Common Indoor Allergy Myths

During Springtime, much of our focus is on seasonal pollen allergies.  But what about the difficult to escape indoor allergies?  Many indoor allergy sufferers experience symptoms year-round and may go to extreme measures to try and reduce their exposure to the allergens in their homes.  As 2020 has taught us well, misinformation usually does more harm than good.  Here are three myth busters about common indoor allergies.

 

Allergy Myth #1 – Hypoallergenic Pets

Allergies to pet dander are common but getting a hypoallergenic pet will solve the problem, right?  Unfortunately, truly hypoallergenic pets don’t exist. It’s not the animal’s fur that causes allergy problems — it’s their dander, microscopic proteins that are found in their skin, saliva and urine. Research has shown that dog breeds that shed less fur still release dander into the environment at equivalent levels to other breeds. Cat dander spreads extremely easily and can be transferred from person to person.

Some measures to reduce the amount of dander in the home is to wash pets at least once or twice a week and use a HEPA air filter in the bedroom, which should be a pet-free zone.

Allergy Myth #2 – Feather and Down bedding is a NO!

Feather pillows and down comforters have long been thought to be bad for those with allergies and there has been a boom in allergy friendly alternatives. Feather allergy is in fact rare. Allergy symptoms that arise from bedding and pillows are far more likely to be due to the presence of house dust mite in the bedding. Interestingly, some studies have shown that synthetic pillows are associated with higher levels of house dust mite due to loosely woven casings.  Whether synthetic or feather, the most important aspect is to reduce dust mite, dander and mould inside the bedding by choosing casings with a tight weave and to wash bedding regularly in hot water.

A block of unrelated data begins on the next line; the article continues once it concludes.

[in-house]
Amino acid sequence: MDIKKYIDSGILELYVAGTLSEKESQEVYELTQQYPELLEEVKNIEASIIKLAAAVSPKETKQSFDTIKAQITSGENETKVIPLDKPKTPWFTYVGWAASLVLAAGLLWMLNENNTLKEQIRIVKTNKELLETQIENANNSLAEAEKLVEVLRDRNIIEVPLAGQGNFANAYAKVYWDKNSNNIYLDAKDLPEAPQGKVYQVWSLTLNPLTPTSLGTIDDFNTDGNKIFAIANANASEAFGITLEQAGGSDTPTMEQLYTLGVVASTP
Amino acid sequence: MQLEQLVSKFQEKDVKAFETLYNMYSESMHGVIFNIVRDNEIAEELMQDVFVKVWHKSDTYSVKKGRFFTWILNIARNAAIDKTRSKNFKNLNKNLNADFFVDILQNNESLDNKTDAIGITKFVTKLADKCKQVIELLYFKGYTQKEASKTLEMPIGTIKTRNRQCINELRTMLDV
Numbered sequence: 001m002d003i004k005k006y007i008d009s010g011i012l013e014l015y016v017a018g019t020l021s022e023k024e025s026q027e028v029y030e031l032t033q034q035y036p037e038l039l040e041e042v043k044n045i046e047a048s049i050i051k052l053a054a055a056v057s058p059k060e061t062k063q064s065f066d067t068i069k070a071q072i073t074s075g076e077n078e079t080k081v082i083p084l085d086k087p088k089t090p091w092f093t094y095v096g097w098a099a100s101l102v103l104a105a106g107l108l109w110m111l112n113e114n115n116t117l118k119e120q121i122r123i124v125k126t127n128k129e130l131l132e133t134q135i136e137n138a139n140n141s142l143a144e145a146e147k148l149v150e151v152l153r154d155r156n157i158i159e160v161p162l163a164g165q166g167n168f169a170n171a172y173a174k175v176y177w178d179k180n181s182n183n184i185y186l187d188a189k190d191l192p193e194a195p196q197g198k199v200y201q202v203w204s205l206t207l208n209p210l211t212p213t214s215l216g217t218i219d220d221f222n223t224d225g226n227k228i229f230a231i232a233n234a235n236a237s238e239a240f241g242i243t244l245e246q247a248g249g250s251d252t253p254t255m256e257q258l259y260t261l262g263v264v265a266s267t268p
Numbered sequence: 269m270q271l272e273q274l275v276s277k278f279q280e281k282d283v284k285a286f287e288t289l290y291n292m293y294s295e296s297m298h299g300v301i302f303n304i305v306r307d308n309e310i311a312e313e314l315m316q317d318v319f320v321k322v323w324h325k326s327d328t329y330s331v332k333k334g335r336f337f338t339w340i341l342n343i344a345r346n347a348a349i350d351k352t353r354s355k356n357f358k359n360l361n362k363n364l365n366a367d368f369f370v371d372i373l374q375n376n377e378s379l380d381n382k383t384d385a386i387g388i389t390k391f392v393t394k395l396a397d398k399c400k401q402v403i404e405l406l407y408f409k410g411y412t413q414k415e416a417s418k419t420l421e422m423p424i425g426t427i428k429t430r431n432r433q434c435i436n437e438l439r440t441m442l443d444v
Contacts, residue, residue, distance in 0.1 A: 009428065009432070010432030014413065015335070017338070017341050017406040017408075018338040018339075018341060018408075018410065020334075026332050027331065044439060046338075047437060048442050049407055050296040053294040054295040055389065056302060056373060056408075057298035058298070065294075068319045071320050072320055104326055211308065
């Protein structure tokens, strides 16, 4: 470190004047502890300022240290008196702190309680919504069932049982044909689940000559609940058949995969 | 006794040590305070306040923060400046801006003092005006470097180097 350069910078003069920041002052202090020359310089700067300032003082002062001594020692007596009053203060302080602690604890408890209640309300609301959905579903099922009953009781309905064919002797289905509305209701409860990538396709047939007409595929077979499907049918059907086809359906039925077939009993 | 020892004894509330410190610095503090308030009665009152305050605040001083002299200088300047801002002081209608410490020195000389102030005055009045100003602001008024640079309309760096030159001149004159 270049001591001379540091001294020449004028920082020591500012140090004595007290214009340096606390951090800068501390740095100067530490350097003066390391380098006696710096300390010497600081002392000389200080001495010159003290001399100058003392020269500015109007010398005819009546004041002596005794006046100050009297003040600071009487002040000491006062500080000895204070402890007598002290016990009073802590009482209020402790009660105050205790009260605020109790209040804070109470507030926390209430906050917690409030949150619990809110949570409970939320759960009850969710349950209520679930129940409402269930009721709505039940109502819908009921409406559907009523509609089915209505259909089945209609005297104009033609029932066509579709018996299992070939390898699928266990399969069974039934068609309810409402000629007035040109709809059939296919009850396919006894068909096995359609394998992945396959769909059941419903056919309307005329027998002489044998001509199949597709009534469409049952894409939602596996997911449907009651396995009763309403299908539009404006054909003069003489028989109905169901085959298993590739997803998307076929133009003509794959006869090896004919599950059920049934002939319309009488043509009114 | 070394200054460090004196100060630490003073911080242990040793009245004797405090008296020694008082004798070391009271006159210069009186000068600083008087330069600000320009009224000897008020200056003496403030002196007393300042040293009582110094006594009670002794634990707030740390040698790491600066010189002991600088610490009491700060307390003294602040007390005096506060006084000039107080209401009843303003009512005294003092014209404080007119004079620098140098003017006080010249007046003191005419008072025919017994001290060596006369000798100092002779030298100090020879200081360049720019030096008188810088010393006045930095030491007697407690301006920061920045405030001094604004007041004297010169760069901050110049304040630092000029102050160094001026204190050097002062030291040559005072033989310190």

Allergy Myth #3 – Black mould in the house is a serious health concern

Mould can accumulate in dark moist areas such as basements, bathrooms and showers. Although many moulds are black, Stachybotrys chartarum is the type of mould most people are referring to when voicing concerns about toxic black mould. There is no scientific evidence that this type of mould is any more dangerous to health than other moulds. In those who are allergic to a specific type or types of mould exposure to the allergen may cause nose and/or eye irritation or worsen asthma symptoms.

The take home message is go for reliable allergy testing to understand what you are allergic to and get good, evidence-based advice to help you make changes to your home that will really have effect.